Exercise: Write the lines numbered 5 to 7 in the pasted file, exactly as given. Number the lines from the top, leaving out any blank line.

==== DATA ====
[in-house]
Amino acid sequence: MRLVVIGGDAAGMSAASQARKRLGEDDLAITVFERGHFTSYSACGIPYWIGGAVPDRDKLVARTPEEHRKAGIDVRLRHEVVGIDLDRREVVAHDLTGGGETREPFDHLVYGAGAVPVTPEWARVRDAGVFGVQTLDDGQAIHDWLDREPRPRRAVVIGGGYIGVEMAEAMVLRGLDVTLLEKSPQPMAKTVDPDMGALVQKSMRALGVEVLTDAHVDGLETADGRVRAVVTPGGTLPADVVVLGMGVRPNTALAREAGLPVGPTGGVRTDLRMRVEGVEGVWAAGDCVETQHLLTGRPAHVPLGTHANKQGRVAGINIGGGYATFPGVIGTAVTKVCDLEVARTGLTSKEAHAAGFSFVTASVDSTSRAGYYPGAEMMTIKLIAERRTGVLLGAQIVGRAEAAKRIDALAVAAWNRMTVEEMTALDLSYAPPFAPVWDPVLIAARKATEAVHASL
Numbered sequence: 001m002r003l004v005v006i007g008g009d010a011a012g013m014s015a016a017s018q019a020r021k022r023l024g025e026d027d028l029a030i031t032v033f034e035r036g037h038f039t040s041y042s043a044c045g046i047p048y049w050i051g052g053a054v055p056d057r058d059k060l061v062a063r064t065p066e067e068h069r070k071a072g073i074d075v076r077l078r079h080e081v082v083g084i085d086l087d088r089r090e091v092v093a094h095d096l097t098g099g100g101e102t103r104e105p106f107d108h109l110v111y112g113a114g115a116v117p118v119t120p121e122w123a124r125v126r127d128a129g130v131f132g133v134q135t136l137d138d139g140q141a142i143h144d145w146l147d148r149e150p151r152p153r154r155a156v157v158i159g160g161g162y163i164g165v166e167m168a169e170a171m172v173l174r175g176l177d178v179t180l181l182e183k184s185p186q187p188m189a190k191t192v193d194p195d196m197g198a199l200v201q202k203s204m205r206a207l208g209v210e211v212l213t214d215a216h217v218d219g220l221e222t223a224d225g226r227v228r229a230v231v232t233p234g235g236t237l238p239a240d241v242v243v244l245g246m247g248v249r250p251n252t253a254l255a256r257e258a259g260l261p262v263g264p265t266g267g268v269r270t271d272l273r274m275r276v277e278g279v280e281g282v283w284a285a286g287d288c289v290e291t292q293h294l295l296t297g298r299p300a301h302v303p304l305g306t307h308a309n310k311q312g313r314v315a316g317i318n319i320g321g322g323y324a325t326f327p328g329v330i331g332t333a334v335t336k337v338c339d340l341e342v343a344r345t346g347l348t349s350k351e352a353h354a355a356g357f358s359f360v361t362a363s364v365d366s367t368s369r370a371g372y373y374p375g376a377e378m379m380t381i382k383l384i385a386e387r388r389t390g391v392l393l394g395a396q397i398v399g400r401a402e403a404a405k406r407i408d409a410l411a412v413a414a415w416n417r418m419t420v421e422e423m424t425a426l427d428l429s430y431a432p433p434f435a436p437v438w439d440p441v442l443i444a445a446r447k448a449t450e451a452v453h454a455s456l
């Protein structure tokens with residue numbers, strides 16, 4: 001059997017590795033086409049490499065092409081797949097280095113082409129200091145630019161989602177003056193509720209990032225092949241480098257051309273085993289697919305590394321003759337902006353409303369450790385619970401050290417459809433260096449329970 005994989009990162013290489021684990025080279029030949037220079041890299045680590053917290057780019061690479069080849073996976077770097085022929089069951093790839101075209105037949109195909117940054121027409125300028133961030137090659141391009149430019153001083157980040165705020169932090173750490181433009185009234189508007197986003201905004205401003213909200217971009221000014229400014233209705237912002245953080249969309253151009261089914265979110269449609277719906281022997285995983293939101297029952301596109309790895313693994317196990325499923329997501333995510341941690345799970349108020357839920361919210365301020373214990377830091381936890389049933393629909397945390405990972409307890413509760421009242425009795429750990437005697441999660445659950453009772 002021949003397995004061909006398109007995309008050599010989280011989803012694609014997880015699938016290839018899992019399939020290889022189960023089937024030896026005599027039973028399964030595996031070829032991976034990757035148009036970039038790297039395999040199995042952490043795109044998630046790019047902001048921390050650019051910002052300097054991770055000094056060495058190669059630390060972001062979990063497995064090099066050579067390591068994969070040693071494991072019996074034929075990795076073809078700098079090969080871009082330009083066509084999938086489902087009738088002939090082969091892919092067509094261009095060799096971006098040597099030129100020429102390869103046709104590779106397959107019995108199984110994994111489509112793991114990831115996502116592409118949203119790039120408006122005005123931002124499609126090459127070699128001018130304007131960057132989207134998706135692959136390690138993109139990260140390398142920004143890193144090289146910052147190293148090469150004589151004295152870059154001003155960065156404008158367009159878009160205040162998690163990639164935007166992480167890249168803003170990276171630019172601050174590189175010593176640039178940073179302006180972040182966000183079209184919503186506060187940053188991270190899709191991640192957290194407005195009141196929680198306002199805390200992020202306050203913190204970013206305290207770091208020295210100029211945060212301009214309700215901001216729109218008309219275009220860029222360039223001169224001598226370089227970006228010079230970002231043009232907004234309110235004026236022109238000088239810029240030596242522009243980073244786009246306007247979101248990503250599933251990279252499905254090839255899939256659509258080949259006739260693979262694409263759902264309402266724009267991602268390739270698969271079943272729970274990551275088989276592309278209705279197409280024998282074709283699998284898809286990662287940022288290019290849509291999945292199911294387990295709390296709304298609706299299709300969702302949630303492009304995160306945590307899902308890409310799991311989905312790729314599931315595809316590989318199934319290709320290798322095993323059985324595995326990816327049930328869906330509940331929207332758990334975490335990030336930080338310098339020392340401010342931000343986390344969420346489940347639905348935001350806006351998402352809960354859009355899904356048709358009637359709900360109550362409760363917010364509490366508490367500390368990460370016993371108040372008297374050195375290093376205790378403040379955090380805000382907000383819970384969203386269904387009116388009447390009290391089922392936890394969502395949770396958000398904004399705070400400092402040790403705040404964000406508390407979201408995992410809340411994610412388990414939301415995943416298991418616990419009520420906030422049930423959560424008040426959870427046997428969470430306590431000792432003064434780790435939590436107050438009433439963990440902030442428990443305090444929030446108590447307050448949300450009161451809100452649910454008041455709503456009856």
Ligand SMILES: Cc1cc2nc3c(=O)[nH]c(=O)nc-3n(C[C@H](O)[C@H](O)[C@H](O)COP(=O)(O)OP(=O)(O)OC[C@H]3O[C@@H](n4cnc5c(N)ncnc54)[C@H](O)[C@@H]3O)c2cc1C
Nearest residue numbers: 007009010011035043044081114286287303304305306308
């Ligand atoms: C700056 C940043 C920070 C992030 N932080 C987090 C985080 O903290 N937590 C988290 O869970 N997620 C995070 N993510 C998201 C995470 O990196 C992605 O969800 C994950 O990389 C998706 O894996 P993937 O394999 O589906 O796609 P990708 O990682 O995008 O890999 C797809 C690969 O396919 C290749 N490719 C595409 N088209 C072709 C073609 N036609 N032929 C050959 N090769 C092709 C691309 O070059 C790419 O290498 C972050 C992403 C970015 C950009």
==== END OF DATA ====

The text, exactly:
Ligand SMILES: Cc1cc2nc3c(=O)[nH]c(=O)nc-3n(C[C@H](O)[C@H](O)[C@H](O)COP(=O)(O)OP(=O)(O)OC[C@H]3O[C@@H](n4cnc5c(N)ncnc54)[C@H](O)[C@@H]3O)c2cc1C
Nearest residue numbers: 007009010011035043044081114286287303304305306308
């Ligand atoms: C700056 C940043 C920070 C992030 N932080 C987090 C985080 O903290 N937590 C988290 O869970 N997620 C995070 N993510 C998201 C995470 O990196 C992605 O969800 C994950 O990389 C998706 O894996 P993937 O394999 O589906 O796609 P990708 O990682 O995008 O890999 C797809 C690969 O396919 C290749 N490719 C595409 N088209 C072709 C073609 N036609 N032929 C050959 N090769 C092709 C691309 O070059 C790419 O290498 C972050 C992403 C970015 C950009």